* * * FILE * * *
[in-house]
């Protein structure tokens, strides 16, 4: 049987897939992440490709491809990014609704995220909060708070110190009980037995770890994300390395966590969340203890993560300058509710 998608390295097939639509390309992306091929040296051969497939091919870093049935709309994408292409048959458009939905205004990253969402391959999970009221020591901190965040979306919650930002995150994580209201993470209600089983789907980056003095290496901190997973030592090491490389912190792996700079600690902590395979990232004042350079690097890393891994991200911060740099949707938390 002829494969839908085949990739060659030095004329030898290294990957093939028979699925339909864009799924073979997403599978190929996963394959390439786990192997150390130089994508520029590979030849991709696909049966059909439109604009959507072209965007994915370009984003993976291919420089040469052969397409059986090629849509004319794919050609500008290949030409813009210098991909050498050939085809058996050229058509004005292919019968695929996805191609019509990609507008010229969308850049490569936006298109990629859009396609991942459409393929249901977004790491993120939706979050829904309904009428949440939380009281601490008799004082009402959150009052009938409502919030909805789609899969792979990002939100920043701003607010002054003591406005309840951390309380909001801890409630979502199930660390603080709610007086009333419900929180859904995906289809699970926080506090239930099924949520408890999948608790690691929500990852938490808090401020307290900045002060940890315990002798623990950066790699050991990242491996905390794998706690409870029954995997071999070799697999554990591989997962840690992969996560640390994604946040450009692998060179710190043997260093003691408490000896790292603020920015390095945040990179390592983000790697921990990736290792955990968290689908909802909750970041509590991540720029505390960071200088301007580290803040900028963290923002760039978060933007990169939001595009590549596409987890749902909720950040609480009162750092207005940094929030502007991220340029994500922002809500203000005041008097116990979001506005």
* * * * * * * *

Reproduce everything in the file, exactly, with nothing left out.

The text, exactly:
[in-house]
């Protein structure tokens, strides 16, 4: 049987897939992440490709491809990014609704995220909060708070110190009980037995770890994300390395966590969340203890993560300058509710 998608390295097939639509390309992306091929040296051969497939091919870093049935709309994408292409048959458009939905205004990253969402391959999970009221020591901190965040979306919650930002995150994580209201993470209600089983789907980056003095290496901190997973030592090491490389912190792996700079600690902590395979990232004042350079690097890393891994991200911060740099949707938390 002829494969839908085949990739060659030095004329030898290294990957093939028979699925339909864009799924073979997403599978190929996963394959390439786990192997150390130089994508520029590979030849991709696909049966059909439109604009959507072209965007994915370009984003993976291919420089040469052969397409059986090629849509004319794919050609500008290949030409813009210098991909050498050939085809058996050229058509004005292919019968695929996805191609019509990609507008010229969308850049490569936006298109990629859009396609991942459409393929249901977004790491993120939706979050829904309904009428949440939380009281601490008799004082009402959150009052009938409502919030909805789609899969792979990002939100920043701003607010002054003591406005309840951390309380909001801890409630979502199930660390603080709610007086009333419900929180859904995906289809699970926080506090239930099924949520408890999948608790690691929500990852938490808090401020307290900045002060940890315990002798623990950066790699050991990242491996905390794998706690409870029954995997071999070799697999554990591989997962840690992969996560640390994604946040450009692998060179710190043997260093003691408490000896790292603020920015390095945040990179390592983000790697921990990736290792955990968290689908909802909750970041509590991540720029505390960071200088301007580290803040900028963290923002760039978060933007990169939001595009590549596409987890749902909720950040609480009162750092207005940094929030502007991220340029994500922002809500203000005041008097116990979001506005």